From wanting to learn English in Japan to becoming a chef and opening his first restaurant, Tetsuya in Australia, Tetsuya Wakuda has come a long way. Now he tells the story of his latest restaurant, Waku Ghin in Marina Bay Sands, Singapore, and his culinary values.
E: When and how did you first discover you had a passion for cooking? Can you tell the story of your kitchen journey prior to opening your first restaurant, Tetsuya’s?
Wakuda: I stumbled into the culinary world by accident when I first arrived in Sydney at 22 years old. I grew up in Hamamatsu, Japan, and as a child, I dreamt of living overseas. I was eager to experience life outside of Japan and to learn English. I didn’t know much about Australia then, except for its koalas and kangaroos. I was lucky to have a friend who got me a job as a kitchen hand at Fishwives in Surry Hills in 1982 as he felt that it would be the best place for me to pick up English for free, and to earn some money for my expenses. Since then, I fell in love with the food and with the country and have never looked back. Afterwards I learned about classic French techniques at Kinsela’s with Chef Tony Bilson, the start of my cooking style, which combines French techniques with Japanese philosophy using natural, seasonal flavours. In 1983 I opened Ultimo’s with a partner, and in 1989, I had the opportunity to open my own restaurant, Tetsuya’s, which later was relocated to the CBD at a refurbished heritage-listed site at 529 Kent Street. In 2010, I was invited to open Waku Ghin at the iconic Marina Bay Sands in Singapore.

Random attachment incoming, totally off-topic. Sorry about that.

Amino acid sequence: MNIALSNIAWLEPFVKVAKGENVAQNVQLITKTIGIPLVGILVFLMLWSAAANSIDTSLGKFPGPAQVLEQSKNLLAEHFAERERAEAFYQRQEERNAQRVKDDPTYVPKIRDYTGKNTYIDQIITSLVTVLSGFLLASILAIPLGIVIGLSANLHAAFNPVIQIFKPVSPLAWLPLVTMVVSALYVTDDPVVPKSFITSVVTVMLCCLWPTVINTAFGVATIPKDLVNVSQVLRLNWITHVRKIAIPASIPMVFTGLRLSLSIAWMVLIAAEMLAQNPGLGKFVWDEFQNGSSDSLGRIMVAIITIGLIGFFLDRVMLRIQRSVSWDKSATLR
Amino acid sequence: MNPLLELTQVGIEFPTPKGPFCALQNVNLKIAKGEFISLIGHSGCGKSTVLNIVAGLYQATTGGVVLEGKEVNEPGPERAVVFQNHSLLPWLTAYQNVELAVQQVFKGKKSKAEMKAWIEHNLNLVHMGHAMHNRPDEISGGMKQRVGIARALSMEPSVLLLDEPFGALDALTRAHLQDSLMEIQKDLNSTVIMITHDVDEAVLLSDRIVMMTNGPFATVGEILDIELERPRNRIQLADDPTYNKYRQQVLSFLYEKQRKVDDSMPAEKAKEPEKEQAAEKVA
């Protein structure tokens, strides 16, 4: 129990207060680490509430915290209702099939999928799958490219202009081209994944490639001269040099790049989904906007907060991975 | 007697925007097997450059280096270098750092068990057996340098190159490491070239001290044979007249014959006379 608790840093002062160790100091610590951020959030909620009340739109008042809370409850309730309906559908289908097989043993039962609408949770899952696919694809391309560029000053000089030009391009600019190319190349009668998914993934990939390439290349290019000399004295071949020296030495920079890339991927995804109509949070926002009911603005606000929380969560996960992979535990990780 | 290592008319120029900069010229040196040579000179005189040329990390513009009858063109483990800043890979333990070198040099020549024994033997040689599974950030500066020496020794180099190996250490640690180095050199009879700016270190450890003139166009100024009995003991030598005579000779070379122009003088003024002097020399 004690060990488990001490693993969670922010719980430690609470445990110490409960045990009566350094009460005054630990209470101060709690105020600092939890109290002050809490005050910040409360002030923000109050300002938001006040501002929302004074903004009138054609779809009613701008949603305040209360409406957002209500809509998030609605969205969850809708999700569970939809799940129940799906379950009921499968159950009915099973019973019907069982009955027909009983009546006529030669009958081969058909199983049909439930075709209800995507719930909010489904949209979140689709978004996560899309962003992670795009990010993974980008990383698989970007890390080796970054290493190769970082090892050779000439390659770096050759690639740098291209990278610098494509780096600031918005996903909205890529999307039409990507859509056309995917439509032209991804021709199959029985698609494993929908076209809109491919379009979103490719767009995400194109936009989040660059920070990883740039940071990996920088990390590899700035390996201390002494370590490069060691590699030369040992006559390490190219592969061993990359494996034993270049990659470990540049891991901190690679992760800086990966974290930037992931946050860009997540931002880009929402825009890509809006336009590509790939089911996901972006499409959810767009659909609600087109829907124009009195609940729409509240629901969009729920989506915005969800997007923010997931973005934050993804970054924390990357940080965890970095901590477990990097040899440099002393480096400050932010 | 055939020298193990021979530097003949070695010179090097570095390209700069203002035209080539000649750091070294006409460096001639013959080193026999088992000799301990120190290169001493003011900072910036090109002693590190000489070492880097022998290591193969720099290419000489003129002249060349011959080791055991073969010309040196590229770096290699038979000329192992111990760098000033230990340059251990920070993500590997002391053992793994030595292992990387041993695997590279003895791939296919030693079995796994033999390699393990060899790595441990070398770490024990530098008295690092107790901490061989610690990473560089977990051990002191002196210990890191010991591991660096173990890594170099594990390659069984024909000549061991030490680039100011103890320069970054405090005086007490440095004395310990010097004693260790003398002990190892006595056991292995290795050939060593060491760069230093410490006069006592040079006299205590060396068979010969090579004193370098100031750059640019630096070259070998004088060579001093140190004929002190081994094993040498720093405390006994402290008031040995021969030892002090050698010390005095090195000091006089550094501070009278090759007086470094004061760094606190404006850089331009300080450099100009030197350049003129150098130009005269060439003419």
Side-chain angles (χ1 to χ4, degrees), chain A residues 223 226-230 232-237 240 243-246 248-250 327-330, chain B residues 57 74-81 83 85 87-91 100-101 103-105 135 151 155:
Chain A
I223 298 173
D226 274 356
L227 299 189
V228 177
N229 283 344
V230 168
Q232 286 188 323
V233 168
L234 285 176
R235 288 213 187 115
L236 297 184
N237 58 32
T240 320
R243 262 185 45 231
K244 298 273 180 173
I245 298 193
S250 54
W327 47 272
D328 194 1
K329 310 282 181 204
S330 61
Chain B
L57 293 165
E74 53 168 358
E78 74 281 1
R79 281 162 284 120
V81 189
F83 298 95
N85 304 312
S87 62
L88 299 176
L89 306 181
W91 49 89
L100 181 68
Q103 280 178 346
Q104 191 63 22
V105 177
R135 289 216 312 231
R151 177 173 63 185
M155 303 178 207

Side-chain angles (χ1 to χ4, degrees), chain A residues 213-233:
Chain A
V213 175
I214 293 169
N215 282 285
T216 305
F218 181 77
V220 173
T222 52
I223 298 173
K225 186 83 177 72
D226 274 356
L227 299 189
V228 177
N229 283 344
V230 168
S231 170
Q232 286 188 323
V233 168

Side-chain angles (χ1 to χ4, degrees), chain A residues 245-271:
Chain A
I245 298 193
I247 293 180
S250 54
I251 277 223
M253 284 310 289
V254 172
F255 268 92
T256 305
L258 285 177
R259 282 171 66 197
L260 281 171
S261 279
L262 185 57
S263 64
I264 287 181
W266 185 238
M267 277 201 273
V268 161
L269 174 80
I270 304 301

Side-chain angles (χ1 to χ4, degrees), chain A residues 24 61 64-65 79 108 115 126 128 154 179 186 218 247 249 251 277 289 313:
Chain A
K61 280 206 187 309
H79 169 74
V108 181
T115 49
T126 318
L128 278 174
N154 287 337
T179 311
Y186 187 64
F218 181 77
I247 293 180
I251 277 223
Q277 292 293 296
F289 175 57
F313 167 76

E: What have been your biggest inspirations?
W: When I see good, fresh ingredients, my imagination fires up. I get very inspired from the ingredients themselves. Nothing can beat good quality, fresh ingredients.
E: You have come a long way from Japan to Australia, to opening another restaurant in Singapore, what has been your biggest obstacle in achieving success, and how did you overcome it?